Which brings us to PewDiePie. Though he will likely be just fine without the additional support of Maker Studios and YouTube’s premium advertising program, YouTube’s decision to wipe their hands of him as much as possible without shutting down his channel is a major move, and one that outlines a problem that the site has created for itself. As previously outlined in a video by The Game Theorists, YouTube strongly promotes lengthier videos from channels that publish regularly, regardless of what that content may be. This is exemplified with a YouTube search for ‘Hunger Games,’ with the site showing results for Minecraft Let’s Plays sharing the film series’ title rather than trailers for the film itself.

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Revelmode includes 12 prominent YouTubers, who have a combined subscriber count of over 100 million.

However, YouTube’s conclusion that companies are more keen to advertise on lengthier videos from more consistent channels doesn’t encourage the creation of high-quality content, but rather encourages YouTubers to plump for low-effort content that will attract tons of views regardless. This has led to the rise of “YouTube drama,” which is practically a sub-category on the site considering its popularity among video makers and viewers alike. Though PewDiePie previously condemned the practice of stirring the pot for views in a now-deleted video, his channel has since become one of the most frequent sources of controversy on YouTube, with his popularity leading to widespread coverage across various media outlets and an increase in his views as a result.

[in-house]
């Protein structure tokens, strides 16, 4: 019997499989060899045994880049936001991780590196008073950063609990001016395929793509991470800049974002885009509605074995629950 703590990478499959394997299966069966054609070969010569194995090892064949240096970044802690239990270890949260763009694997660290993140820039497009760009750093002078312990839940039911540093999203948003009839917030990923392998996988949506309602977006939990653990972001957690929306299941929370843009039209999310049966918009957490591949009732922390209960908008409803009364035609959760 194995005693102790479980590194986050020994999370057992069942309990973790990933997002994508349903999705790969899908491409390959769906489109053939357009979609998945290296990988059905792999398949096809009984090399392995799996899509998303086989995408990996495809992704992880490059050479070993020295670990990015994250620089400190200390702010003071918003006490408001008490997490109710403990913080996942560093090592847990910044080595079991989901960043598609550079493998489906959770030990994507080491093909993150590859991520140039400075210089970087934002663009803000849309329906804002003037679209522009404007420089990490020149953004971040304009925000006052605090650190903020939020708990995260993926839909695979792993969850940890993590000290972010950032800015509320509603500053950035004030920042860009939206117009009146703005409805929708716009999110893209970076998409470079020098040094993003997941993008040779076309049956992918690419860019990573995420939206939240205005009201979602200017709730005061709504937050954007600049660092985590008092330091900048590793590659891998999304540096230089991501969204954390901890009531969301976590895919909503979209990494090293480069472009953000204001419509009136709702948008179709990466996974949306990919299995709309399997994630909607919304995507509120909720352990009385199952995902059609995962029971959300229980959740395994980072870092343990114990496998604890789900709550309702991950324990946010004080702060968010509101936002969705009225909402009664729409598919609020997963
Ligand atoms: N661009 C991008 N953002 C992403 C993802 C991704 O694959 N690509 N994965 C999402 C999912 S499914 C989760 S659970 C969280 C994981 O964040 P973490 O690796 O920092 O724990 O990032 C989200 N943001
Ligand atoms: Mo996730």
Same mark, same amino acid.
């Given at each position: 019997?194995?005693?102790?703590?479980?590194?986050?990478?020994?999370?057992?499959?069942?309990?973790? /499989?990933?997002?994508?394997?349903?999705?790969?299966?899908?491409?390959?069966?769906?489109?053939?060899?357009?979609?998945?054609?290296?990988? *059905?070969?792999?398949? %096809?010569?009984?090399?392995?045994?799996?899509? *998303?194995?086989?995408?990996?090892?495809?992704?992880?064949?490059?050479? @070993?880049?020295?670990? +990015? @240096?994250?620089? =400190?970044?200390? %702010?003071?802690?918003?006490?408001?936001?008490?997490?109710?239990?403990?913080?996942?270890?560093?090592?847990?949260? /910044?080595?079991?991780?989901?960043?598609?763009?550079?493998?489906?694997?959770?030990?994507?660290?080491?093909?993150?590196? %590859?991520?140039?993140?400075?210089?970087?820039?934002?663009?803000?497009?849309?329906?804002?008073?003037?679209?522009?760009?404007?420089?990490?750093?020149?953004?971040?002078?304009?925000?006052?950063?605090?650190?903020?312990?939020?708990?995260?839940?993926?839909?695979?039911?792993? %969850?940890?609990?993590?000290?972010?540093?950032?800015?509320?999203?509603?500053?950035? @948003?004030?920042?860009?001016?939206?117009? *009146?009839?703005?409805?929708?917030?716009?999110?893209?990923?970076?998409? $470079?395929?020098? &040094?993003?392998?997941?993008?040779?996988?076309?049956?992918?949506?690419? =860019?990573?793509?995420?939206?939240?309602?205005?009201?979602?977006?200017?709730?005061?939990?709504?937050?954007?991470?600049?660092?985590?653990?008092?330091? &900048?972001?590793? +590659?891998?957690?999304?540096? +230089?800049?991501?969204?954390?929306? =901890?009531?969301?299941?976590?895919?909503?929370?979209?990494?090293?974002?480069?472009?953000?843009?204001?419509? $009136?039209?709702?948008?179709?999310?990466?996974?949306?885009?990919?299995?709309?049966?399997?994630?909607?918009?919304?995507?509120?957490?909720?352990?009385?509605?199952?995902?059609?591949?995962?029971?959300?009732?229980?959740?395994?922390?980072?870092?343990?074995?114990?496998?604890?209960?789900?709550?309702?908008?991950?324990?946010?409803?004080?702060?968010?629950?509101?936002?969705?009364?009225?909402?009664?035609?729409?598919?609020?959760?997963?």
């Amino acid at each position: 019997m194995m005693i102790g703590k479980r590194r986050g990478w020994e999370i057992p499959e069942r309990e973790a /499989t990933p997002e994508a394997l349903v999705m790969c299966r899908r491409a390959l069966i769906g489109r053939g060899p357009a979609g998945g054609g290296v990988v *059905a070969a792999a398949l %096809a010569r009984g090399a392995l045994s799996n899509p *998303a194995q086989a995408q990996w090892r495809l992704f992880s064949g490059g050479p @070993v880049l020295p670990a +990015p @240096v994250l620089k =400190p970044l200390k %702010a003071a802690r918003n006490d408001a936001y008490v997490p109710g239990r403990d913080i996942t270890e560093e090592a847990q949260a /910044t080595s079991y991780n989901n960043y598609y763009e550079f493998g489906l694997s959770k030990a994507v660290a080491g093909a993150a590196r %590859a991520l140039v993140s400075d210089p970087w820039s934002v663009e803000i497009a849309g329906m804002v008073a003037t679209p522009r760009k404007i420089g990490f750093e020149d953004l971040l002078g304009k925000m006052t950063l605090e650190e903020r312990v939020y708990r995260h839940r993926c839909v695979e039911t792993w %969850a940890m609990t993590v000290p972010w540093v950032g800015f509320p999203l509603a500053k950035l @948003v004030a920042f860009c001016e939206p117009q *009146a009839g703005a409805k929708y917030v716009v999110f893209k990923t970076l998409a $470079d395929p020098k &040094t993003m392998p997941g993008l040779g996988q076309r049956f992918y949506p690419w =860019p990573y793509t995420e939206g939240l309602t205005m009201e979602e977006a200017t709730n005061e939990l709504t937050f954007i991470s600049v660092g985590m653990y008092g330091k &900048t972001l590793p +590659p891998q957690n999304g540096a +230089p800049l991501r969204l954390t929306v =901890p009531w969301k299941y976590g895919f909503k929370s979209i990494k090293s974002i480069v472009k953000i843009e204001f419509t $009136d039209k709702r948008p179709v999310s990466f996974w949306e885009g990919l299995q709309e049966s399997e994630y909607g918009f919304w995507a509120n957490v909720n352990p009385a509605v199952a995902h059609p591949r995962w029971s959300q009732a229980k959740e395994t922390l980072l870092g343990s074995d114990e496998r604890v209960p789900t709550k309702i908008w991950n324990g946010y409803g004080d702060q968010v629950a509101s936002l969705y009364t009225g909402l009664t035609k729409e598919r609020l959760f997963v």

But the key issue faced by shock jocks is finding new ways to appeal to an audience that is growing increasingly desensitized to their behavior, leading to him distinctly overstepping the ad-friendly line with a video in which he paid two men to hold up a sign reading “Death To All Jews” on the freelance marketplace Fiverr. Though his intentions behind the video were clearly the result of him looking to shock his audience rather than genuine anti-Semitism, advertisers would inevitably not take too kindly to having their products associated with such content. While YouTube pulling PewDiePie from the premium advertising program helps to quell the immediate issue of their most popular creator peddling anti-Semitic jokes, it does not tackle the more pressing matter that the site’s algorithms are tacitly encouraging such controversial behavior.

In an ideal world for YouTube its content creators would be pushing out frequent videos that fall in line with advertisers’ expectations. They would be able to generate hundreds of thousands of views without pushing any boundaries, and they could become talking points without veering into offense. However, the reality is that YouTubers are desperately grasping for views any way they can while operating within the site’s loosely defined guidelines, as the site continues to unwittingly encourage its creators to produce content that is the exact opposite of what brands want to see.